May 2019 /// Vol 240 No. 5)
Going with the flow
Numerous completion technology advances have emerged to improve stimulation efficiency and lower break-even costs, but the optimal solution depends on the development.
Since the first hydraulic fracturing experiment in 1947, millions of frac jobs have been pumped in vertical and horizontal wells around the world.1 Yet, after more than 70 years, a single, perfect formula for stimulating a reservoir and maximizing production has not emerged.
Annual reports, investor presentations and keynote speeches often boast of the latest method or technology that will boost ultimate recoveries. Some of these strategies are vastly different from what is available, and others include slight modifications to what is commonly deployed. While each iteration incorporates lessons learned from the past, perhaps the biggest lesson of all is that there is not a one-size-fits-all solution—the optimal completion approach to maximizing production is a flexible approach.
Deploying the right completion system for a particular well or development means being flexible in picking an approach that takes into account the particular reservoir or regional differences, and then making adjustments to maximize return on investment.
Since the proliferation of horizontal wells and multi-stage stimulation during the past two decades, the number of adjustments to a completion strategy that are available to producers has grown exponentially. Some considerations include deciding between an open hole or cemented wellbore, conducting single-point entry or limited-entry stimulation, and deploying a plug-and-perf or sliding sleeve system. Within each of these high-level areas of consideration are several tools and solutions that can be adjusted, and which provide flexibility in adapting to completion trends. Some common completion trends of recent years are:
- Extended-reach laterals
- High-rate stimulation
- Reduced or eliminated mill-out.
Here, we’ll explore some of the completion options associated with each of those trends that can help operators optimize stimulation programs and maximize their assets.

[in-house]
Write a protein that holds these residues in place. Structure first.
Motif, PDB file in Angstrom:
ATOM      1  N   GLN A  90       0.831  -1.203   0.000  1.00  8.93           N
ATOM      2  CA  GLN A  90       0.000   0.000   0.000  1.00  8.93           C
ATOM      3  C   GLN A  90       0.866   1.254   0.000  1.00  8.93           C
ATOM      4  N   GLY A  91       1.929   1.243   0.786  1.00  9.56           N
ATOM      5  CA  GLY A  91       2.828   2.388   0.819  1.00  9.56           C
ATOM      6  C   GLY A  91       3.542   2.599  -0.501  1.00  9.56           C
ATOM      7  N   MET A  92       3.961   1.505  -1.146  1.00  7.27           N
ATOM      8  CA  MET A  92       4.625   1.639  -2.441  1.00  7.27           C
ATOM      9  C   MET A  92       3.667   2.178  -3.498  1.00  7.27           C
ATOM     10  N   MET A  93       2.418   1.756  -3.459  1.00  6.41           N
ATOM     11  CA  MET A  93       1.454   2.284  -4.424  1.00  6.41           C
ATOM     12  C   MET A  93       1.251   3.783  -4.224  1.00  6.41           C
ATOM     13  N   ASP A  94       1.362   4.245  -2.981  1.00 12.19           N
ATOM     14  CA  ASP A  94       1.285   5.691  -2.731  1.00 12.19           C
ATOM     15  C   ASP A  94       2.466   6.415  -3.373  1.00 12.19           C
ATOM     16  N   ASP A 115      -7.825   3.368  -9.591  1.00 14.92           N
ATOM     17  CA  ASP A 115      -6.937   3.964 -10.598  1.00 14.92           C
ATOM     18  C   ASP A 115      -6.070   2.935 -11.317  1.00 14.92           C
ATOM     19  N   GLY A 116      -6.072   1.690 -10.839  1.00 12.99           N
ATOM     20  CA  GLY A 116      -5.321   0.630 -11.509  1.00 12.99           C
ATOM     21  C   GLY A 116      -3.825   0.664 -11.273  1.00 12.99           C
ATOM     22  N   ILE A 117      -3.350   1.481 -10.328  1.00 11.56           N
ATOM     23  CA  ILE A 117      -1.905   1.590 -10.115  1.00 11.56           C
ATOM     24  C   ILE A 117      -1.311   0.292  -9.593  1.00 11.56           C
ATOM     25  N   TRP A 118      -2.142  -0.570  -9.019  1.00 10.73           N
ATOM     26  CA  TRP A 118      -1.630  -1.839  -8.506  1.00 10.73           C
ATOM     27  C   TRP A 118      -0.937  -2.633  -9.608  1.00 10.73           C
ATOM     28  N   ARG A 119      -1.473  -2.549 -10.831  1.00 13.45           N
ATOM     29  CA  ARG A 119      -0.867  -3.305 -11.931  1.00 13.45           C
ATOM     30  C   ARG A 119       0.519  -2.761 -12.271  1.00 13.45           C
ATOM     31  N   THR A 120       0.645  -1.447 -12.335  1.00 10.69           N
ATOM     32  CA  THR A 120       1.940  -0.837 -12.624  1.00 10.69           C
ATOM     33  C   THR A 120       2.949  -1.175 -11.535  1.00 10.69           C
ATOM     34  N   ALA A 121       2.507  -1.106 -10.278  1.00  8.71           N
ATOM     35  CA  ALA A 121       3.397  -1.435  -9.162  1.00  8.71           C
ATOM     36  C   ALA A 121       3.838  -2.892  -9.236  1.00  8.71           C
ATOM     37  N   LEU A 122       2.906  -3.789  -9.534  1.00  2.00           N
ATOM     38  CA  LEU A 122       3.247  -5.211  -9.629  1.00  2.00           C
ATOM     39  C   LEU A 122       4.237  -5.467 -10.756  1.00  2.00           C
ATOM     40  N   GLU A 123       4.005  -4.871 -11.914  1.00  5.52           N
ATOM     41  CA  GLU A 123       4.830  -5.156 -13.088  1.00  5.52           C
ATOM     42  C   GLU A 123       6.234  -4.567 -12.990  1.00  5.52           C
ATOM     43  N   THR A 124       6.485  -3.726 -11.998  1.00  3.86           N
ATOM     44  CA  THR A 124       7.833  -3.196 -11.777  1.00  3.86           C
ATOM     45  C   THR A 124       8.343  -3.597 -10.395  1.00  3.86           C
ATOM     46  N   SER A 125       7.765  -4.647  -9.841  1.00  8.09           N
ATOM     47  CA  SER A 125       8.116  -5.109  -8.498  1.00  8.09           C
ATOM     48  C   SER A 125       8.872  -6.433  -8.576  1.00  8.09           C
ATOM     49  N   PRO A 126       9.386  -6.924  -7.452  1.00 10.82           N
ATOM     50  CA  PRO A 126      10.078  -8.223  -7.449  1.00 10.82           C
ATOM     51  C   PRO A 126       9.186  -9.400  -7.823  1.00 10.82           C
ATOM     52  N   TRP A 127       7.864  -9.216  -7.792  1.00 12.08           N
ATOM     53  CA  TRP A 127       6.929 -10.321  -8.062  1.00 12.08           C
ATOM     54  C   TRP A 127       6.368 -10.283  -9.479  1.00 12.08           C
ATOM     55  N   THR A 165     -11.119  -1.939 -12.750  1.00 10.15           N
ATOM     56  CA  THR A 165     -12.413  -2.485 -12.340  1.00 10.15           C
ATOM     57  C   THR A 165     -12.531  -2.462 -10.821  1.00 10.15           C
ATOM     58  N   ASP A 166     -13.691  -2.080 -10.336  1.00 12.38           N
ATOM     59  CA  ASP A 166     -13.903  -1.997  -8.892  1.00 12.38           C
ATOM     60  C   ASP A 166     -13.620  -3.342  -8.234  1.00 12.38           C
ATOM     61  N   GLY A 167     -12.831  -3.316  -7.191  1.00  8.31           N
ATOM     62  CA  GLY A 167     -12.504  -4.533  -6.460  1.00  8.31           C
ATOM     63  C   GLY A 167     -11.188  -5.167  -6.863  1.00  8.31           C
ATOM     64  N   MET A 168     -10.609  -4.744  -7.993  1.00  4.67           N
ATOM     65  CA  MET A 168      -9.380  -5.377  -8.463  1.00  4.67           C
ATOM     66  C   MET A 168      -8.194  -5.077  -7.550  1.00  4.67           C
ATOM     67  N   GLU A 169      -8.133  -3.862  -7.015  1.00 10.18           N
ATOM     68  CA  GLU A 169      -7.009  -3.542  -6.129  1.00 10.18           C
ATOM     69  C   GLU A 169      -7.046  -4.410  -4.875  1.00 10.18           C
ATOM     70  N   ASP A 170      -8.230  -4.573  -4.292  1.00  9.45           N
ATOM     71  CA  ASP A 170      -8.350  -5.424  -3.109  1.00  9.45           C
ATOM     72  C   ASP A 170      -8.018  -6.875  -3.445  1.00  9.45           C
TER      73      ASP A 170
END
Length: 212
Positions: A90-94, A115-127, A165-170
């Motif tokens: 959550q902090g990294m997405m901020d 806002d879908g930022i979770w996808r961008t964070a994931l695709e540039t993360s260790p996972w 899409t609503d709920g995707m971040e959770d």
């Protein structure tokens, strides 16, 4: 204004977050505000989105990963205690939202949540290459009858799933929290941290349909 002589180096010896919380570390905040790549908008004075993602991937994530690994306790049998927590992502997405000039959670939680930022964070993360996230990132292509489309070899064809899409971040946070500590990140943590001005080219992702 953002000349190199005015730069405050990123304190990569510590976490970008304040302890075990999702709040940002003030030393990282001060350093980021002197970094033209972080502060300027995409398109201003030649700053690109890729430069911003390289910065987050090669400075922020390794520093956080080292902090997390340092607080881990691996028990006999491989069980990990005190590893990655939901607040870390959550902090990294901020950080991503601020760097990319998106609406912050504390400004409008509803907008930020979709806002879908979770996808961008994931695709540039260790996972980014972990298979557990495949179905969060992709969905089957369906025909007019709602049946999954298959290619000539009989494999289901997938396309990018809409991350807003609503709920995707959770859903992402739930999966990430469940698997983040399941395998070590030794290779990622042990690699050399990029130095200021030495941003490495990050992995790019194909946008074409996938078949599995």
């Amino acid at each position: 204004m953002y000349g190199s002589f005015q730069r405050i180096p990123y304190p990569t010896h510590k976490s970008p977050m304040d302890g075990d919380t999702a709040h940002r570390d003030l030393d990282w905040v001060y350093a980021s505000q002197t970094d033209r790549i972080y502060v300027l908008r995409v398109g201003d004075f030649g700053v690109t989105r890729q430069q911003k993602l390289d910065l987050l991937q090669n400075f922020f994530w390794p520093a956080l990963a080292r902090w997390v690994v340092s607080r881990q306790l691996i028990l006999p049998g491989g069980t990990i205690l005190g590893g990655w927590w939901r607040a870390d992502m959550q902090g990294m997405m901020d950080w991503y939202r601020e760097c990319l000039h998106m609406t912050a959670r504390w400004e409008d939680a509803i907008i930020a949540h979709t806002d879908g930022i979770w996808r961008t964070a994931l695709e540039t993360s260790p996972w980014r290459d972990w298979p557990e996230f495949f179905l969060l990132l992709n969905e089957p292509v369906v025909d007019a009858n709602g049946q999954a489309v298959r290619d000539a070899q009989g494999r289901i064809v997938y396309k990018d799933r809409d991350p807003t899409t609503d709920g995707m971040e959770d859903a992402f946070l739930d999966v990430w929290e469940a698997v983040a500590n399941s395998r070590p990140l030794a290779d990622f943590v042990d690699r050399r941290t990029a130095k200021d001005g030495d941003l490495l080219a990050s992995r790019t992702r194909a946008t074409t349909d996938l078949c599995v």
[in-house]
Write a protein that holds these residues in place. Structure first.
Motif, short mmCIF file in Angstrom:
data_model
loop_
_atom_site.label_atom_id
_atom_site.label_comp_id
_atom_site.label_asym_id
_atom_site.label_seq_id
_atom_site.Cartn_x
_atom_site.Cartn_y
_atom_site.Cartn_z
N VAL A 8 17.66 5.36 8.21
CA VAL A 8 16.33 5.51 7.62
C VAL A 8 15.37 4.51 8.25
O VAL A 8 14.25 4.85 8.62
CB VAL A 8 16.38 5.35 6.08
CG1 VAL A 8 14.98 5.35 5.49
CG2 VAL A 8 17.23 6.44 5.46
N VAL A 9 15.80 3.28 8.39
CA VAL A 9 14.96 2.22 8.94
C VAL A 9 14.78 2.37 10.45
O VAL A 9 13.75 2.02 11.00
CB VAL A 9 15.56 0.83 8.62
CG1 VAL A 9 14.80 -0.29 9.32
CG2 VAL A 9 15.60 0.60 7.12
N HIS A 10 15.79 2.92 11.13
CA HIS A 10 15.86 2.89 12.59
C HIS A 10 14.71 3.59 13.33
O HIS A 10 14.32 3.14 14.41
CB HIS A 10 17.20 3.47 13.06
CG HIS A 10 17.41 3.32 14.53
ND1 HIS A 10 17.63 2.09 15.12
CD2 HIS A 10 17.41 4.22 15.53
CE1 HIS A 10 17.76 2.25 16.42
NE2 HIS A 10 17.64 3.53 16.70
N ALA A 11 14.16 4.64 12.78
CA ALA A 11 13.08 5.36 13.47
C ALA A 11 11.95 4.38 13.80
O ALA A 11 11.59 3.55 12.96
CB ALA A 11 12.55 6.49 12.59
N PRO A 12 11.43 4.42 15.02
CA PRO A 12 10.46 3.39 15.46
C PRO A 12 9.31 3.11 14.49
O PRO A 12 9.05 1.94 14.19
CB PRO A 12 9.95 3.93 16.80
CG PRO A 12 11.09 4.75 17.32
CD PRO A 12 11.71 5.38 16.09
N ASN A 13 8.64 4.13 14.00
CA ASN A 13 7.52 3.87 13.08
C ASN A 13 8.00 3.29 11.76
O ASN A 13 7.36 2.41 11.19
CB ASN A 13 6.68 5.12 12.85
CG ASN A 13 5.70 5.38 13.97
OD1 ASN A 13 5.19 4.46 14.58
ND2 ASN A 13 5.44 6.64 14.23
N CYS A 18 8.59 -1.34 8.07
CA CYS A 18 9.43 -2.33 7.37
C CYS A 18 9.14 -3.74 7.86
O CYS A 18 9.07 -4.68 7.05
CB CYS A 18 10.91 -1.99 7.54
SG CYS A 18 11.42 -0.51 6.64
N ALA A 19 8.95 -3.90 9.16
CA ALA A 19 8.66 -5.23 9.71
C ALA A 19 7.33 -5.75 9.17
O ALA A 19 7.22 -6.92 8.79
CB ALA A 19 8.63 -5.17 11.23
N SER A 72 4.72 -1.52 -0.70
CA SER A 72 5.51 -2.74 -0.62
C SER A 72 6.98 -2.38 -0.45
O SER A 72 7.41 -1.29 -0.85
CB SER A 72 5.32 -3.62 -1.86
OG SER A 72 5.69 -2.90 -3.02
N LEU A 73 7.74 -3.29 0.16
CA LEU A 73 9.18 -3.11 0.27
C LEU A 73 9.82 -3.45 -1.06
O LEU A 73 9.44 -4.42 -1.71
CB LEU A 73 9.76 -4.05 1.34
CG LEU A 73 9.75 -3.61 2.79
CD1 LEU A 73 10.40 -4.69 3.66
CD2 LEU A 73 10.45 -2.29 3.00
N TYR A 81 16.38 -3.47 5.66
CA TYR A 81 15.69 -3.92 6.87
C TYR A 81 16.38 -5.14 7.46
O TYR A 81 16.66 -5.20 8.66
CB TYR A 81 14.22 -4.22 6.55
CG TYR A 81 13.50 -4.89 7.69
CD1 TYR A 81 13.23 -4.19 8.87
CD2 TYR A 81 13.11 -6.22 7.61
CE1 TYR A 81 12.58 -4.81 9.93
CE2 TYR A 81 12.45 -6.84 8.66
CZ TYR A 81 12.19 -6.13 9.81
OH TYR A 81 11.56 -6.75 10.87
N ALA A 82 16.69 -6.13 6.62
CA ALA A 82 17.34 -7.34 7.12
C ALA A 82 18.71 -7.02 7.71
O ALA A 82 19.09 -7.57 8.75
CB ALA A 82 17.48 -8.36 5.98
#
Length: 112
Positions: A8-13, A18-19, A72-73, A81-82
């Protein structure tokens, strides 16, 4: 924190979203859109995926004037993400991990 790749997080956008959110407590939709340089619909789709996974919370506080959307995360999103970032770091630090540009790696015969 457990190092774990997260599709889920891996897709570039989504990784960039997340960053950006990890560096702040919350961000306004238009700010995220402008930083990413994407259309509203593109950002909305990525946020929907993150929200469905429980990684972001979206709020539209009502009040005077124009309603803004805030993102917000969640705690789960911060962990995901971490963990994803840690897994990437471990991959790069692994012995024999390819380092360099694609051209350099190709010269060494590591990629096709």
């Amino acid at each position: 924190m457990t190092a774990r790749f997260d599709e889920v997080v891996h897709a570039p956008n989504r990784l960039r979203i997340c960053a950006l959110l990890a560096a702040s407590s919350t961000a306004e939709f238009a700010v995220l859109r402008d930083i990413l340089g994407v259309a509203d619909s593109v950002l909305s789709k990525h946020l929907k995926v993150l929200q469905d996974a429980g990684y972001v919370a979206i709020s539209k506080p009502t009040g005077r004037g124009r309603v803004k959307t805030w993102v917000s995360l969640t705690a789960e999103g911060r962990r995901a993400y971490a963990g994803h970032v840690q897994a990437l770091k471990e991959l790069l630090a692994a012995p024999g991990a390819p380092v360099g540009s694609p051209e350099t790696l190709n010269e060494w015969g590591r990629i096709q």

Over the last five years, the number of horizontal wells completed with lateral lengths exceeding 10,000 ft in unconventional plays across the U.S. has grown significantly, Fig. 1.
While longer laterals provide operators with greater reservoir coverage, it hasn’t come without challenges. One particular challenge is the effective stimulation of the toe of the well. Operational challenges and risk arise when using tubing-conveyed perforating (TCP) for the first stage of completion operations, just by the nature of the extreme distance that the tools must travel downhole. Generating enough weight-on-bit to mill out tools, post-stimulation, is another challenge that can arise when completing extended-reach laterals.
Advances in hydraulically activated toe subs (Fig. 2) have been developed to address these challenges and eliminate the need to run coiled tubing-deployed tools in the stages at the farthest depths of the well.
The simplest solutions enable producers to deploy plugs via wireline, instead of coiled tubing, for the first stage of a plug-and-perf operation. A wet shoe sub is a hydraulically activated tool that is run just above the float collar and is activated by the landing dart to establish communication with the reservoir and commence stimulation operations. A rupture disc sub is also a hydraulically activated tool that eliminates the need to run coiled tubing to perforate the first stage in plug-and-perf completions, but it is typically run as an economic backup option to the primary hydraulic toe sleeve. If required, the rupture discs will burst at a set pressure to establish communication with the reservoir, and thus enable wireline tools to be deployed to stimulate the first stage or pump down a ball to shift the first sleeve.